Quote: “This summer has seen a spike. It has been particularly busy,” said a police source, adding that the authorities were “very confident” they were catching all migrants after they landed on the west and south coasts of Lantau during the night.
Question: Why are migrants apprehended after landing? Wouldn’t it be easier for authorities to coordinate with their Chinese counterparts to stop the inflow in the first place?
Quote: “After the end of the civil war on the mainland in 1949, an estimated million people poured across the border, often using boats or even swimming. Although illegal, many were allowed to stay to help ease labour shortages.”
Question: Shouldn’t a parallel be made with the current situation, whereby demand for unskilled, low-paid, uninsured and disposable labour affects our economy? Could peak arrivals be correlated with labour shortages troubling Hong Kong?
Click above to read article on the South China Morning Post website
Christian Action and Vision First agree to work together for asylum seekers after settlement
Two refugee organisations locked in a bitter dispute have reached an out-of-court settlement in a defamation case.
Long-established NGO Christian Action had reached a deal to end its action against relative newcomer Vision First so both could focus on “ongoing work to assist refugees,” Christian Action counsel Earl Deng said.
The settlement was reported to the High Court yesterday morning. Madam Justice Bebe Chu Pui-ying told the groups that there’s was “indeed a very sensible approach”, and urged them to focus on helping refugees.
The two groups had been embroiled in a war of words that had caused strife among asylum seekers and within the small community of NGOs that took up the refugees’ cause.
At issue were posts on Vision First’s website containing allegations of serious misconduct against Christian Action staff. Vision First and ally the Refugee Union painted the case as a David versus Goliath clash. Christian Action wanted an out-of-court deal, but there was little progress until 2am yesterday.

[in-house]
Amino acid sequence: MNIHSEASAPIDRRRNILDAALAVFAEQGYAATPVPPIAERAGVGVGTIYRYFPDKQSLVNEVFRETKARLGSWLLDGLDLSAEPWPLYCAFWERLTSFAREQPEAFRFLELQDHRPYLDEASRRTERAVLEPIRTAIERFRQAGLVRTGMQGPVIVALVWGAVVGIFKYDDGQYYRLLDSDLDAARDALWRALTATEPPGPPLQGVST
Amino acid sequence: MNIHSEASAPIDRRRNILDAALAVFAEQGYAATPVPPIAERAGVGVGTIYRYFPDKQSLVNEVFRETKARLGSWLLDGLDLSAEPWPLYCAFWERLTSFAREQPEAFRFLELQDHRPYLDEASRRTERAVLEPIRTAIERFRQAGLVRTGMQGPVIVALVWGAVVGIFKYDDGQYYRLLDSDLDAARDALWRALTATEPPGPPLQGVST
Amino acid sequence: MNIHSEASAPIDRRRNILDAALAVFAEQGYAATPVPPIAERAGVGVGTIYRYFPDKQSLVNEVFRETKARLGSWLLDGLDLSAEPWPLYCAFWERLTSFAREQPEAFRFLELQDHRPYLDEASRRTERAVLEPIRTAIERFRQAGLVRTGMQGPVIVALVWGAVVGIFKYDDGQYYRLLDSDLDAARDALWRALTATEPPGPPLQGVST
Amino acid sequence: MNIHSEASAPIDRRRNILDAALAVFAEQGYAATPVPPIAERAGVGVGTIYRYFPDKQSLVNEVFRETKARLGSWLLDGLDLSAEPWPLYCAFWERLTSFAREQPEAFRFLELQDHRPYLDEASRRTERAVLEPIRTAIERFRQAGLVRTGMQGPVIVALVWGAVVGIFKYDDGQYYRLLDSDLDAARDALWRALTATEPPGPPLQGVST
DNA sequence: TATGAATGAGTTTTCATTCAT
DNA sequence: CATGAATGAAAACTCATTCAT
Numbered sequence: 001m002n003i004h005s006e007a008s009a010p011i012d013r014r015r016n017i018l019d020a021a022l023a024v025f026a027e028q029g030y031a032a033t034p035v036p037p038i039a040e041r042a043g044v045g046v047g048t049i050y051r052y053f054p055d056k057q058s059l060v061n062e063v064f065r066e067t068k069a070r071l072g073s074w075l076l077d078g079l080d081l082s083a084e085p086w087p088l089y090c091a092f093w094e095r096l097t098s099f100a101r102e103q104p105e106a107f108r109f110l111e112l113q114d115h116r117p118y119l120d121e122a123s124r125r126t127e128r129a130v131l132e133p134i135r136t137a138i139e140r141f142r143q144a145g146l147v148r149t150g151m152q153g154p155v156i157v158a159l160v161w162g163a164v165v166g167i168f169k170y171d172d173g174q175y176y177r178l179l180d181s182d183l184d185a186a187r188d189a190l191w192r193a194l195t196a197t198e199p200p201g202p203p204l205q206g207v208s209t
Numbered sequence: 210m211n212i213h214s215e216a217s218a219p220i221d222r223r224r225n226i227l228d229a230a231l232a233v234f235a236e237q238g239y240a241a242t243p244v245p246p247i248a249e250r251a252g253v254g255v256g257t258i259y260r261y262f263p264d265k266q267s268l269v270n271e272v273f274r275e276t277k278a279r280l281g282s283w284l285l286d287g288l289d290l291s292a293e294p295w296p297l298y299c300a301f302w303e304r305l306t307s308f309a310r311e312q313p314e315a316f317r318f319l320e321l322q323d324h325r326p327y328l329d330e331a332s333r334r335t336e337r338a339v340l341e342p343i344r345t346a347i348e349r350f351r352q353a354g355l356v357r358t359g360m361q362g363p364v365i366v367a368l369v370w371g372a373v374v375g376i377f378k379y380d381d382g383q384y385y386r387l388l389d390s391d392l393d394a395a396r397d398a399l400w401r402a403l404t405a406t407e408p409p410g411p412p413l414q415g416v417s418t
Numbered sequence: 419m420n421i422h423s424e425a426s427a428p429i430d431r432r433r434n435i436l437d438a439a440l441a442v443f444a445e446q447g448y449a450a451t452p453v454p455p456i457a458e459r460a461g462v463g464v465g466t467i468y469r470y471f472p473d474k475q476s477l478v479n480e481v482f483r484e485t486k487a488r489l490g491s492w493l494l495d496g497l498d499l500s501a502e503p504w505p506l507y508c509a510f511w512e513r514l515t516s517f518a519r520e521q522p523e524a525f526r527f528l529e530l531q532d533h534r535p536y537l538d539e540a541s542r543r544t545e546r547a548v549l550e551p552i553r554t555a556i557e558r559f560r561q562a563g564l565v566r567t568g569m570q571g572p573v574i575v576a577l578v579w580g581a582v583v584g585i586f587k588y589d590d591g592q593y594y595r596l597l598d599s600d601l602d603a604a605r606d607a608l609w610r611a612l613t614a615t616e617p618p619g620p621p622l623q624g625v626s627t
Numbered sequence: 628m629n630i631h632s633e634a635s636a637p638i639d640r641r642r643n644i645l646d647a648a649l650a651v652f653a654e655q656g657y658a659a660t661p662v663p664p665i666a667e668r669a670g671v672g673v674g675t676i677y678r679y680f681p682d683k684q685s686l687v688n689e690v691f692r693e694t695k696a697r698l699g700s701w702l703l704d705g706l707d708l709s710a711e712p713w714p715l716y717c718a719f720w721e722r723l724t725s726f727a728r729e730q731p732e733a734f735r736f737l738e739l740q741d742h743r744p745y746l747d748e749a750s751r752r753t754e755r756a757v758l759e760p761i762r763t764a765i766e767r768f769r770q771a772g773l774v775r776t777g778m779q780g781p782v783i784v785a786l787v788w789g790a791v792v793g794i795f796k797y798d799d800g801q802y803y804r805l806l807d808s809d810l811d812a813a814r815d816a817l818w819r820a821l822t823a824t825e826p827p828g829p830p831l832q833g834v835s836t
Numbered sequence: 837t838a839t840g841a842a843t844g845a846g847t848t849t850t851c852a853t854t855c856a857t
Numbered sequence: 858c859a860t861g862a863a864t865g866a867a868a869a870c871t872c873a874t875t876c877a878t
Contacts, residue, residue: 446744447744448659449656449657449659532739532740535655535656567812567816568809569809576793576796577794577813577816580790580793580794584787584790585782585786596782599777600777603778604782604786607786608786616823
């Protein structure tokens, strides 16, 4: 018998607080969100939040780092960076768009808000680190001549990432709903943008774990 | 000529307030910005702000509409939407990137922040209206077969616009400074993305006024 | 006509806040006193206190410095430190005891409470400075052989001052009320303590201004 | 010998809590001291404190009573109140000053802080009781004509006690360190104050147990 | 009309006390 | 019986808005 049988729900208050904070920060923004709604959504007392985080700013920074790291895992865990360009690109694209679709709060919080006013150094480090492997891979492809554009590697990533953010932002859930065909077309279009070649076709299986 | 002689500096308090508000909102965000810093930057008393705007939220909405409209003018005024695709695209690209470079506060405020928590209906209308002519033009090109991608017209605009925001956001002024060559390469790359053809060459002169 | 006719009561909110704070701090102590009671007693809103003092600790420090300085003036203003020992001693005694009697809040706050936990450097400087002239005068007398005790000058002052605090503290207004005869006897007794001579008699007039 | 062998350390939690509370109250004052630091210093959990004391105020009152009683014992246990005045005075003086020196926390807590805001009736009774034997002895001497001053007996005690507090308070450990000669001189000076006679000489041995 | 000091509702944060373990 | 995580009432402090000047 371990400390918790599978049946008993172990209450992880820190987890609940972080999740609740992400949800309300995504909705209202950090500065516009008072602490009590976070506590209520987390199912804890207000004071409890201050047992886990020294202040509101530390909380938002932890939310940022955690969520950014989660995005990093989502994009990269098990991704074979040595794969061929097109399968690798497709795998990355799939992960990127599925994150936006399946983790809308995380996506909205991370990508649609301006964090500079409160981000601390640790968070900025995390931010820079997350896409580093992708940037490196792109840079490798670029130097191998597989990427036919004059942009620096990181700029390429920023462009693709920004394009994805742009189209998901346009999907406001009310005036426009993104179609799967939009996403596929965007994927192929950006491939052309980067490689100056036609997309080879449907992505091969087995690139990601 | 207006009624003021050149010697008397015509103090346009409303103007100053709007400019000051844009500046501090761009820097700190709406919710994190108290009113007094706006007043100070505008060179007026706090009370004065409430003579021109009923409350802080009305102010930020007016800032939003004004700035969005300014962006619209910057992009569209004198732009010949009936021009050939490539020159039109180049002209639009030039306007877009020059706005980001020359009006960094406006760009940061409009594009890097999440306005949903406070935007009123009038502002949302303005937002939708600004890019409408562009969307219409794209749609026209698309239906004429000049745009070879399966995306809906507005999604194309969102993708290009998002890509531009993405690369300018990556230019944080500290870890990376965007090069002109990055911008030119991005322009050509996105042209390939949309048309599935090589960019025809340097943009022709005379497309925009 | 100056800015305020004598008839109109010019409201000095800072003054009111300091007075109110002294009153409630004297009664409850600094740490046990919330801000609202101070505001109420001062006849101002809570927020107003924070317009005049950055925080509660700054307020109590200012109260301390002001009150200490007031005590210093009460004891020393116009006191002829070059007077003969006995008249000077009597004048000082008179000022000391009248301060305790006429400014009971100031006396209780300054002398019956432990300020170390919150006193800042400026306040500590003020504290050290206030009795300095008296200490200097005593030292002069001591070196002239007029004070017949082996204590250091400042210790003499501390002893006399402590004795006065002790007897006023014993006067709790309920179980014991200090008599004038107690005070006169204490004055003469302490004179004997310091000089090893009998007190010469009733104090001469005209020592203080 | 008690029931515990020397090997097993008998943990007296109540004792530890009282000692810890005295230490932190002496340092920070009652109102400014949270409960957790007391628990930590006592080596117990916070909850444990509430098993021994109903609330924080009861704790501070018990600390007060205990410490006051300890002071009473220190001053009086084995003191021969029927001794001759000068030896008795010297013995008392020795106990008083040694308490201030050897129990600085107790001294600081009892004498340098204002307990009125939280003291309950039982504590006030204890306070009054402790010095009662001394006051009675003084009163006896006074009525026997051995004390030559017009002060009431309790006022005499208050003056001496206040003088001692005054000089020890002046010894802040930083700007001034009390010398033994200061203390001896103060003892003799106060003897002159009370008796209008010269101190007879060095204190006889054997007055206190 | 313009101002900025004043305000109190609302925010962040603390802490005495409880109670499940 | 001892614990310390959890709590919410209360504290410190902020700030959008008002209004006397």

Both sides stressed that the terms of the agreement were confidential. But some posts critical of Christian Action could no longer be found on the Vision First website yesterday.
Cosmo Beatson, executive director of Vision First, said the two groups were “allies on the same side of the battle line against a failed and unconstitutional welfare system that oppresses and humiliates refugee clients we both seek to assist”.
“It’s been a big distraction for everyone involved and it’s great to put all this behind us,” he said.
Beatson said he would next week visit Christian Action’s centre for refugees in Chungking Mansions, Tsim Sha Tsui, and meet the centre’s new manger, Justin Murgai.
An estimated 6,000 asylum seekers live in Hong Kong, mostly from Africa and South Asia. Asylum seekers are not allowed to settle in Hong Kong as it has not signed the relevant UN convention. But it does have a legal obligation not to send back refugees who face torture or degrading treatment, under the Convention Against Torture.
Refugees whose claims are approved are referred to the UN High Commissioner for Refugees for resettlement elsewhere.
Vision First is facing a separate defamation action from government contractor International Social Service Hong Kong.